Magazine article Skeptic (Altadena, CA)

Vaccines and Autism: A Deadly Manufactroversy

Magazine article Skeptic (Altadena, CA)

Vaccines and Autism: A Deadly Manufactroversy

Article excerpt

[ILLUSTRATION OMITTED]

"Falsehood flies, and the truth comes limping after."--Jonathan Swift

DURING A QUESTION AND ANSWER SESSION after a talk I recently gave, I was asked for my opinion about the vaccine/autism controversy. That was easy: my opinion is that there is no controversy. The evidence is in. The scientific community has reached a clear consensus that vaccines don't cause autism. There is no controversy.

There is, however, a manufactroversy--a manufactured controversy--created by junk science, dishonest researchers, professional misconduct, outright fraud, lies, misrepresentations, irresponsible reporting, unfortunate media publicity, poor judgment, celebrities who think they are wiser than the whole of medical science, and a few maverick doctors who ought to know better. Thousands of parents have been frightened into rejecting or delaying immunizations for their children. The immunization rate has dropped, resulting in the return of endemic measles in the U.K. and various outbreaks of vaccine-preventable diseases in the U.S. Children have died. Herd immunity has been lost. The public health consequences are serious and are likely to get worse before they get better--a load of unscientific nonsense has put us all at risk.

The story is appalling. It involves high drama, charismatic personalities, conspiracy theories, accusations, intimidation, and even death threats. It would make a good movie. It does make a good book: Dr. Paul Offit has explained what happened in Autism's False Prophets: Bad Science, Risky Medicine, and the Search for a Cure. (1) I can't tell the whole story here, but I'll try to cover the highlights as I understand them. I'll include some new revelations that were not available to Offit when his book went to press. As I see it, there were three main stages to this fiasco: (1) the MMR scare, (2) the mercury/thimerosal scare, and (3) the vaccines-in-general scare.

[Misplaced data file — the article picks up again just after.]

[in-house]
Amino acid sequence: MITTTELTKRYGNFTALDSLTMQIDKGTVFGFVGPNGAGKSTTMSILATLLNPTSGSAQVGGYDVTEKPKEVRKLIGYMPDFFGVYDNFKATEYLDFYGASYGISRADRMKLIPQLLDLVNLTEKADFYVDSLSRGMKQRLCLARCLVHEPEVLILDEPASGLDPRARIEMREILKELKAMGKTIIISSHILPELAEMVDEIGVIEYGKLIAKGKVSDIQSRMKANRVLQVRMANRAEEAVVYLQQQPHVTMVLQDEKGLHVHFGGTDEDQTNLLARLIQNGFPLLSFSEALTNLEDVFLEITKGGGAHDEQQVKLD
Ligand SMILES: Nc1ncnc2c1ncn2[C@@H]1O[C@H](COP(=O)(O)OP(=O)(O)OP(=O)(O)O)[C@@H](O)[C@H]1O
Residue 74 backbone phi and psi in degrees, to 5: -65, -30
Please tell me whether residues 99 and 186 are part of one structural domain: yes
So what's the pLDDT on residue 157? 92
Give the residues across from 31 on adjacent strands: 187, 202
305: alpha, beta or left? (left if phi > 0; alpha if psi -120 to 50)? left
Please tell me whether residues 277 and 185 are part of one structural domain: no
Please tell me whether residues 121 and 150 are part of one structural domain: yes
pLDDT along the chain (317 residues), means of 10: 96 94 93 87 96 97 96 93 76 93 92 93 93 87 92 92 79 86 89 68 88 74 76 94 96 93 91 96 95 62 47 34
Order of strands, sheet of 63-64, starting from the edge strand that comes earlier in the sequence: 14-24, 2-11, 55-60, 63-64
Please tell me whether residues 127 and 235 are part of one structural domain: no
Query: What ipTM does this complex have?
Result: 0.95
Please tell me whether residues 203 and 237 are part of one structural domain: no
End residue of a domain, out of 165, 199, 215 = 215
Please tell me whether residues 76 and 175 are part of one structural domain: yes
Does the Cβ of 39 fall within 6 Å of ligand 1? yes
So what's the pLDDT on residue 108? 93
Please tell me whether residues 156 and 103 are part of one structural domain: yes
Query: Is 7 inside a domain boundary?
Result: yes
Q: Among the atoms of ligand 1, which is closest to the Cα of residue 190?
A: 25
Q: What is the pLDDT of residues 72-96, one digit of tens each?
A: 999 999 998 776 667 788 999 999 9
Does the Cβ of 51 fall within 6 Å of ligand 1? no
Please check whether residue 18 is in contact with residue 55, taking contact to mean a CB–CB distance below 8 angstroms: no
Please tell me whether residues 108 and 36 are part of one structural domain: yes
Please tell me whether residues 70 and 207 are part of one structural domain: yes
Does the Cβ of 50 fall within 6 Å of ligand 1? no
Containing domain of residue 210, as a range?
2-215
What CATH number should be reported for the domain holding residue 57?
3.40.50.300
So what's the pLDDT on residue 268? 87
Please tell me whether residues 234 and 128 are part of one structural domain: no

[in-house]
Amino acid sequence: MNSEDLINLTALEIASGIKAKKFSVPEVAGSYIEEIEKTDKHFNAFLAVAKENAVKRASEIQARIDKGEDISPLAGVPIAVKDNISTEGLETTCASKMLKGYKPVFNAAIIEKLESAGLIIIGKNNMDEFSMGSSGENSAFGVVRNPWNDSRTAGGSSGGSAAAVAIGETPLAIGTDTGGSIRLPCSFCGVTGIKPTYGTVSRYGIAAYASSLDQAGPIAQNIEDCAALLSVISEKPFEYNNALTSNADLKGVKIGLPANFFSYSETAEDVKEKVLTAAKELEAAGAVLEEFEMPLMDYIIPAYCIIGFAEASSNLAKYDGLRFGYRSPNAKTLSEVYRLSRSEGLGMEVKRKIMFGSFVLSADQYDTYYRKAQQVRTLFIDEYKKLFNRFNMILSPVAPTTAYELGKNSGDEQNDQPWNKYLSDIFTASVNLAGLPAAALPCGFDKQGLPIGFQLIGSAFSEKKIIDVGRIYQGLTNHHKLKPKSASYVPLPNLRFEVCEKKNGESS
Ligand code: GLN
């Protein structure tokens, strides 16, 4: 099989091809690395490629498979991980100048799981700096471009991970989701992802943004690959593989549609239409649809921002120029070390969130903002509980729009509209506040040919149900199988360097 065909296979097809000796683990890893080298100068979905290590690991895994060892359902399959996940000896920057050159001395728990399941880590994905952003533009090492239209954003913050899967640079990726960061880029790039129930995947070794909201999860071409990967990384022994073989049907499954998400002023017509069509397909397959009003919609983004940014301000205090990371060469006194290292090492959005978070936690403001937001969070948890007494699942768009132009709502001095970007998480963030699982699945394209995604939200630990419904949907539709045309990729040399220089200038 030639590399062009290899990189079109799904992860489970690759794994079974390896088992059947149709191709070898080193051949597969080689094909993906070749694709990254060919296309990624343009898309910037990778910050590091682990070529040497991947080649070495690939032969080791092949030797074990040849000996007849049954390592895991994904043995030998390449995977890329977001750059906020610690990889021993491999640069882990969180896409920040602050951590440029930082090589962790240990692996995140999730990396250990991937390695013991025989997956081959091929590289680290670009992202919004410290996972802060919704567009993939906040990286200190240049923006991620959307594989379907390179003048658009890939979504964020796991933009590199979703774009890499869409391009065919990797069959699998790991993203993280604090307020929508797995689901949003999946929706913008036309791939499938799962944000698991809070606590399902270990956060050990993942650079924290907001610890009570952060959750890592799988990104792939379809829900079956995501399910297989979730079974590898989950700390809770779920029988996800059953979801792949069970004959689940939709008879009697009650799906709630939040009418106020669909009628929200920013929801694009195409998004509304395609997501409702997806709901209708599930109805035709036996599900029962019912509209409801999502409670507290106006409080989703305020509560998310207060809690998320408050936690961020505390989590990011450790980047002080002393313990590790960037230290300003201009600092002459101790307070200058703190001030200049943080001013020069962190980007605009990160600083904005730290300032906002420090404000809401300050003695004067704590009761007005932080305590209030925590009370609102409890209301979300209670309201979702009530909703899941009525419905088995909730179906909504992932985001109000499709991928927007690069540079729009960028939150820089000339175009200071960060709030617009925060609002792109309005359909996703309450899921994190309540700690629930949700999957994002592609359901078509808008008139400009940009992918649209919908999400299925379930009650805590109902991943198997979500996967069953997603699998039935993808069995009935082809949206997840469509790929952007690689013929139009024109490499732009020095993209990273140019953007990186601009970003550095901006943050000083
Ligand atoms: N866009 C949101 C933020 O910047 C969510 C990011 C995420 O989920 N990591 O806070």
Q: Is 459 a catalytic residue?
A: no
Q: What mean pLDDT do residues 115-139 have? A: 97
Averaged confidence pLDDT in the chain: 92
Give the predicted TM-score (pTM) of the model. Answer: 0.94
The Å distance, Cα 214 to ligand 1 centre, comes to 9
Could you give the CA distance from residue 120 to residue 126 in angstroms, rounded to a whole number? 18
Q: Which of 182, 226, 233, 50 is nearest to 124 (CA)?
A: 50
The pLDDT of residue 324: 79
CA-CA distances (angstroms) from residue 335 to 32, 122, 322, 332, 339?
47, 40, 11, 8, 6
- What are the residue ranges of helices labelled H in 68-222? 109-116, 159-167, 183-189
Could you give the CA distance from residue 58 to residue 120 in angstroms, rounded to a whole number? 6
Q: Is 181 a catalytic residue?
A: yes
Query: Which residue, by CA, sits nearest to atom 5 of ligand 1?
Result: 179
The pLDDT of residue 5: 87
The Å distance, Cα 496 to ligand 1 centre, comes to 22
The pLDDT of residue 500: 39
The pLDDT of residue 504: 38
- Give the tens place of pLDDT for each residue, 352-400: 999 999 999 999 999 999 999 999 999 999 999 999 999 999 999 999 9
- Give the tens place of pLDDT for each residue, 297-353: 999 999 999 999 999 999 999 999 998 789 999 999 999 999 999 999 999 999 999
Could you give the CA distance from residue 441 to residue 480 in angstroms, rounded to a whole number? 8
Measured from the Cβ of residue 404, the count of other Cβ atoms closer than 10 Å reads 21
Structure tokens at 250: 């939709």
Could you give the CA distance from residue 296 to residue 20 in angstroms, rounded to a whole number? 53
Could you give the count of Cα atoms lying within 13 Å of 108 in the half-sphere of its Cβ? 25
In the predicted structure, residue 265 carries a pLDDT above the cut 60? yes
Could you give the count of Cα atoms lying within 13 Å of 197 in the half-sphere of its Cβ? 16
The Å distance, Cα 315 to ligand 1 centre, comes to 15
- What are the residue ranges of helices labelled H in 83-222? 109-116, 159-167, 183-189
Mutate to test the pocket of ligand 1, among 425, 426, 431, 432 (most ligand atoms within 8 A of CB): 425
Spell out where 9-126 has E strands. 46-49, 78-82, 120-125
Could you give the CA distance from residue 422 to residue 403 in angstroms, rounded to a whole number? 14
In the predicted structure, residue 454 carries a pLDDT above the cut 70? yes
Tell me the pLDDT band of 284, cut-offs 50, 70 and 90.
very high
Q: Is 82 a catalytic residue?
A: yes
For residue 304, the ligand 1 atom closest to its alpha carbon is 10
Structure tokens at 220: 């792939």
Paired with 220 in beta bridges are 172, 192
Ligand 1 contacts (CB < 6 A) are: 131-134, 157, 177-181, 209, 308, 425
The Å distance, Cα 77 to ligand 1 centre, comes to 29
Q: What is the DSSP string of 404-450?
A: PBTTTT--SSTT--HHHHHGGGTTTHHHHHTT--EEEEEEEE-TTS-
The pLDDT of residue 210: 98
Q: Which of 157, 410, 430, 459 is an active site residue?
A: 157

The MMR Scare

In 1998 a British doctor named Andrew Wakefield published an article in the respected medical journal The Lancet. (2) He did intestinal biopsies via colonoscopy on 12 children with intestinal symptoms and developmental disorders, 10 of whom were autistic, and found a pattern of intestinal inflammation. The parents of 8 of the autistic children thought they had developed their autistic symptoms right after they got the MMR vaccine. The published paper stated clearly: "We did not prove an association between measles, mumps, and rubella vaccine and the syndrome described. Virological studies are underway that may help to resolve this issue."

Despite this disclaimer, Wakefield immediately held a press conference to say the MMR vaccine probably caused autism and recommended not stopping MMR injections, but giving the 3 individual components separately at intervals of a year or more. The media exploded with warnings like "Ban Three-in One Jab, Urge Doctors." The components were not available as individual vaccines, so people simply stopped immunizing. The immunization rate in the U.K. dropped from 93% to 75% (and to 50% in the London area). Confirmed cases of measles in England and Wales rose from 56 in 1998 to 1348 in 2008; two children died. In one small hospital in Ireland, 100 children were admitted for pneumonia and brain swelling caused by measles and three of them died. So, 14 years after measles had been declared under control in the U.K. it was declared endemic again in 2008.

Wakefield's data was later discredited (more about that later) but even if had been right, it wouldn't have been good science. To show that intestinal inflammation is linked to autism, you would have to compare the rate in autistic children to the rate in non-autistic children. Wakefield used no controls. To implicate the MMR vaccine, you would have to show that the rate of autism was greater in children who got the vaccine and verify that autism developed after the shot. …

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